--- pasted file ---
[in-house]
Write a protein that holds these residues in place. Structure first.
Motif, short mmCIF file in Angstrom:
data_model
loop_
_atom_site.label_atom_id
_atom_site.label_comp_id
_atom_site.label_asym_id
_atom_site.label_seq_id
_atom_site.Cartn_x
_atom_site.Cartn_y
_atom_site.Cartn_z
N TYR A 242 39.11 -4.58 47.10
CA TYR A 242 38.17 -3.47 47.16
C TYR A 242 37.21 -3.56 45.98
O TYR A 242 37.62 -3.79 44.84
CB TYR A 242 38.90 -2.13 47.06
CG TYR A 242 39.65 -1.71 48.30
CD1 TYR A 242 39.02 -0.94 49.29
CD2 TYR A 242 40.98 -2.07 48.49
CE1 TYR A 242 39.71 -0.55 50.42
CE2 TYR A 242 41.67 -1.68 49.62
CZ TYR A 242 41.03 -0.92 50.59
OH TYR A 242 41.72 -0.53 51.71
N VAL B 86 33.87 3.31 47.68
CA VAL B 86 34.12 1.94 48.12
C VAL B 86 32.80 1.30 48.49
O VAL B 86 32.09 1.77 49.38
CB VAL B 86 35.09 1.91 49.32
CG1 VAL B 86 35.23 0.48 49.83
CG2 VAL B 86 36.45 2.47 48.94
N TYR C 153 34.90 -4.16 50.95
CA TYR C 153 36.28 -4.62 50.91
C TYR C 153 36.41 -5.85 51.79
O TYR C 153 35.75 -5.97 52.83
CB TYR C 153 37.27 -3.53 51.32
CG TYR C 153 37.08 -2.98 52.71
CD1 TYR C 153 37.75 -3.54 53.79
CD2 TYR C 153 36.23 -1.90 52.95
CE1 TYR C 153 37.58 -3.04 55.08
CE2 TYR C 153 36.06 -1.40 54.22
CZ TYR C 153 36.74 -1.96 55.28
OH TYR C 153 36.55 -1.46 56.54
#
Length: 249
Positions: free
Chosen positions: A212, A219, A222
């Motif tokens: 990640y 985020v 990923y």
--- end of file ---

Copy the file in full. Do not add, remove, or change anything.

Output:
[in-house]
Write a protein that holds these residues in place. Structure first.
Motif, short mmCIF file in Angstrom:
data_model
loop_
_atom_site.label_atom_id
_atom_site.label_comp_id
_atom_site.label_asym_id
_atom_site.label_seq_id
_atom_site.Cartn_x
_atom_site.Cartn_y
_atom_site.Cartn_z
N TYR A 242 39.11 -4.58 47.10
CA TYR A 242 38.17 -3.47 47.16
C TYR A 242 37.21 -3.56 45.98
O TYR A 242 37.62 -3.79 44.84
CB TYR A 242 38.90 -2.13 47.06
CG TYR A 242 39.65 -1.71 48.30
CD1 TYR A 242 39.02 -0.94 49.29
CD2 TYR A 242 40.98 -2.07 48.49
CE1 TYR A 242 39.71 -0.55 50.42
CE2 TYR A 242 41.67 -1.68 49.62
CZ TYR A 242 41.03 -0.92 50.59
OH TYR A 242 41.72 -0.53 51.71
N VAL B 86 33.87 3.31 47.68
CA VAL B 86 34.12 1.94 48.12
C VAL B 86 32.80 1.30 48.49
O VAL B 86 32.09 1.77 49.38
CB VAL B 86 35.09 1.91 49.32
CG1 VAL B 86 35.23 0.48 49.83
CG2 VAL B 86 36.45 2.47 48.94
N TYR C 153 34.90 -4.16 50.95
CA TYR C 153 36.28 -4.62 50.91
C TYR C 153 36.41 -5.85 51.79
O TYR C 153 35.75 -5.97 52.83
CB TYR C 153 37.27 -3.53 51.32
CG TYR C 153 37.08 -2.98 52.71
CD1 TYR C 153 37.75 -3.54 53.79
CD2 TYR C 153 36.23 -1.90 52.95
CE1 TYR C 153 37.58 -3.04 55.08
CE2 TYR C 153 36.06 -1.40 54.22
CZ TYR C 153 36.74 -1.96 55.28
OH TYR C 153 36.55 -1.46 56.54
#
Length: 249
Positions: free
Chosen positions: A212, A219, A222
């Motif tokens: 990640y 985020v 990923y």